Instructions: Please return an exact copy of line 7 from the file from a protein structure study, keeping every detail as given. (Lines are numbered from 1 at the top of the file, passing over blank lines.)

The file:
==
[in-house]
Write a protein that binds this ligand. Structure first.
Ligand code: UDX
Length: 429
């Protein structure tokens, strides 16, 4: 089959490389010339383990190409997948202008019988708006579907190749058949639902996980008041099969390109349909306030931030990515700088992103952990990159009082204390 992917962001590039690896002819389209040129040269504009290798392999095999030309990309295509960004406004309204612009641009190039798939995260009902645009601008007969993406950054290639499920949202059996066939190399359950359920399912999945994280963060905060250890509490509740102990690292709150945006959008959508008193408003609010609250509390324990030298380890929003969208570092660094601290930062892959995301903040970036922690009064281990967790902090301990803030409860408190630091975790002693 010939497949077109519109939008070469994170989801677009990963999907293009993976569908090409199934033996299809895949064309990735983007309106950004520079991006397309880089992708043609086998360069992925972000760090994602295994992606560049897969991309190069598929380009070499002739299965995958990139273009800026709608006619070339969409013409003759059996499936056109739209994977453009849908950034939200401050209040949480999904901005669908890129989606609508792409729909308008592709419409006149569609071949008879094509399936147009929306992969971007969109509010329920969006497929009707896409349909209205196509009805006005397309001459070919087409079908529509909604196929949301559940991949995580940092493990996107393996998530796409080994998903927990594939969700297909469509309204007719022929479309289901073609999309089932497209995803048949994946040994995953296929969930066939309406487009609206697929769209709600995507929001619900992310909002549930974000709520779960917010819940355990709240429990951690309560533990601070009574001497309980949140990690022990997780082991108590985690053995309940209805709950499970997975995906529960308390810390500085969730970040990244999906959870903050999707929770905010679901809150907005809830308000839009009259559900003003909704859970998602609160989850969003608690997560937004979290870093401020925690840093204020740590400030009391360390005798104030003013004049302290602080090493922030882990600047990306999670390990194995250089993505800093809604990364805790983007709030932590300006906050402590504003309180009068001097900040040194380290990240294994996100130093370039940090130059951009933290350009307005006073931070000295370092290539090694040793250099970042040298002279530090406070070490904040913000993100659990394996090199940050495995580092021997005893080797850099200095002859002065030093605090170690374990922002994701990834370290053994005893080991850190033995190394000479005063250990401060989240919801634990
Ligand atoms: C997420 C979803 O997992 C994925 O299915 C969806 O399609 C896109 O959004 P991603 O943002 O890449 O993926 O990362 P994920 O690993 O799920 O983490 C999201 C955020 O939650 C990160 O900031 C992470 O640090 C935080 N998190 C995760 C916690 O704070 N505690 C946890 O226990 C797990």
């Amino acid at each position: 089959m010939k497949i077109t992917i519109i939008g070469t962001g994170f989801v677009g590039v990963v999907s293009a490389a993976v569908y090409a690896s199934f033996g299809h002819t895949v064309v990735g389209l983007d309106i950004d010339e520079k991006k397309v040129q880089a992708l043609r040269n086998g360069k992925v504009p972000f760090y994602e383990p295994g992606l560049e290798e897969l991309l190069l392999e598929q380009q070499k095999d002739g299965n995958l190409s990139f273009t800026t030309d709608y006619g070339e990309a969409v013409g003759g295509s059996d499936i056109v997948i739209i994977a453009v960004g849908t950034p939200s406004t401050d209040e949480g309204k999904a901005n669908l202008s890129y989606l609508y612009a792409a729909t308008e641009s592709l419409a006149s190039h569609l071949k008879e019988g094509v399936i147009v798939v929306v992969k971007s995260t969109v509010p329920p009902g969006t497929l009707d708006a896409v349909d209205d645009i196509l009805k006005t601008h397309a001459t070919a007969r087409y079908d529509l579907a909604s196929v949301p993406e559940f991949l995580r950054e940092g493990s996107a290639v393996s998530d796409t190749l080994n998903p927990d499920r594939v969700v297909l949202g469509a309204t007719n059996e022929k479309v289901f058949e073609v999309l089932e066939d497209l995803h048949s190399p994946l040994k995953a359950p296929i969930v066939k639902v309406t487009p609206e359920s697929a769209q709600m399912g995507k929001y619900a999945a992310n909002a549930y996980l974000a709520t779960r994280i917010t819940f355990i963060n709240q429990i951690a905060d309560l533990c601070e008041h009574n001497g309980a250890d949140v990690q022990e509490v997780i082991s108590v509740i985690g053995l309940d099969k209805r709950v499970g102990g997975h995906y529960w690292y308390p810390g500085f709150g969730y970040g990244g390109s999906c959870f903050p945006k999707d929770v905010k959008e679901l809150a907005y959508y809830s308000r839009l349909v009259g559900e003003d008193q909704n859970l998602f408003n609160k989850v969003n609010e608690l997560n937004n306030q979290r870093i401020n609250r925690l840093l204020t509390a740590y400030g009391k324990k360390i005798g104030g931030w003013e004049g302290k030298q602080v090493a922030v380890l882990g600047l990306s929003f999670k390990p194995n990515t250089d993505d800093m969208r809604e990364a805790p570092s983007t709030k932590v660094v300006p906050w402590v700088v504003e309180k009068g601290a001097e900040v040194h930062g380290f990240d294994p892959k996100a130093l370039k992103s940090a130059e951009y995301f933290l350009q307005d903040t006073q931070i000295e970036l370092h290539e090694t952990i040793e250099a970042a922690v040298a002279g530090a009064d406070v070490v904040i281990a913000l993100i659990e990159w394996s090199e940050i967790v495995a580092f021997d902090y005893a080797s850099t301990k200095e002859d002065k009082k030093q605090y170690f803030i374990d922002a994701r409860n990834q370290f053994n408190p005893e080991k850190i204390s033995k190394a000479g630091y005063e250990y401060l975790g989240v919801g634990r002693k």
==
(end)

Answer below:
């Amino acid at each position: 089959m010939k497949i077109t992917i519109i939008g070469t962001g994170f989801v677009g590039v990963v999907s293009a490389a993976v569908y090409a690896s199934f033996g299809h002819t895949v064309v990735g389209l983007d309106i950004d010339e520079k991006k397309v040129q880089a992708l043609r040269n086998g360069k992925v504009p972000f760090y994602e383990p295994g992606l560049e290798e897969l991309l190069l392999e598929q380009q070499k095999d002739g299965n995958l190409s990139f273009t800026t030309d709608y006619g070339e990309a969409v013409g003759g295509s059996d499936i056109v997948i739209i994977a453009v960004g849908t950034p939200s406004t401050d209040e949480g309204k999904a901005n669908l202008s890129y989606l609508y612009a792409a729909t308008e641009s592709l419409a006149s190039h569609l071949k008879e019988g094509v399936i147009v798939v929306v992969k971007s995260t969109v509010p329920p009902g969006t497929l009707d708006a896409v349909d209205d645009i196509l009805k006005t601008h397309a001459t070919a007969r087409y079908d529509l579907a909604s196929v949301p993406e559940f991949l995580r950054e940092g493990s996107a290639v393996s998530d796409t190749l080994n998903p927990d499920r594939v969700v297909l949202g469509a309204t007719n059996e022929k479309v289901f058949e073609v999309l089932e066939d497209l995803h048949s190399p994946l040994k995953a359950p296929i969930v066939k639902v309406t487009p609206e359920s697929a769209q709600m399912g995507k929001y619900a999945a992310n909002a549930y996980l974000a709520t779960r994280i917010t819940f355990i963060n709240q429990i951690a905060d309560l533990c601070e008041h009574n001497g309980a250890d949140v990690q022990e509490v997780i082991s108590v509740i985690g053995l309940d099969k209805r709950v499970g102990g997975h995906y529960w690292y308390p810390g500085f709150g969730y970040g990244g390109s999906c959870f903050p945006k999707d929770v905010k959008e679901l809150a907005y959508y809830s308000r839009l349909v009259g559900e003003d008193q909704n859970l998602f408003n609160k989850v969003n609010e608690l997560n937004n306030q979290r870093i401020n609250r925690l840093l204020t509390a740590y400030g009391k324990k360390i005798g104030g931030w003013e004049g302290k030298q602080v090493a922030v380890l882990g600047l990306s929003f999670k390990p194995n990515t250089d993505d800093m969208r809604e990364a805790p570092s983007t709030k932590v660094v300006p906050w402590v700088v504003e309180k009068g601290a001097e900040v040194h930062g380290f990240d294994p892959k996100a130093l370039k992103s940090a130059e951009y995301f933290l350009q307005d903040t006073q931070i000295e970036l370092h290539e090694t952990i040793e250099a970042a922690v040298a002279g530090a009064d406070v070490v904040i281990a913000l993100i659990e990159w394996s090199e940050i967790v495995a580092f021997d902090y005893a080797s850099t301990k200095e002859d002065k009082k030093q605090y170690f803030i374990d922002a994701r409860n990834q370290f053994n408190p005893e080991k850190i204390s033995k190394a000479g630091y005063e250990y401060l975790g989240v919801g634990r002693k």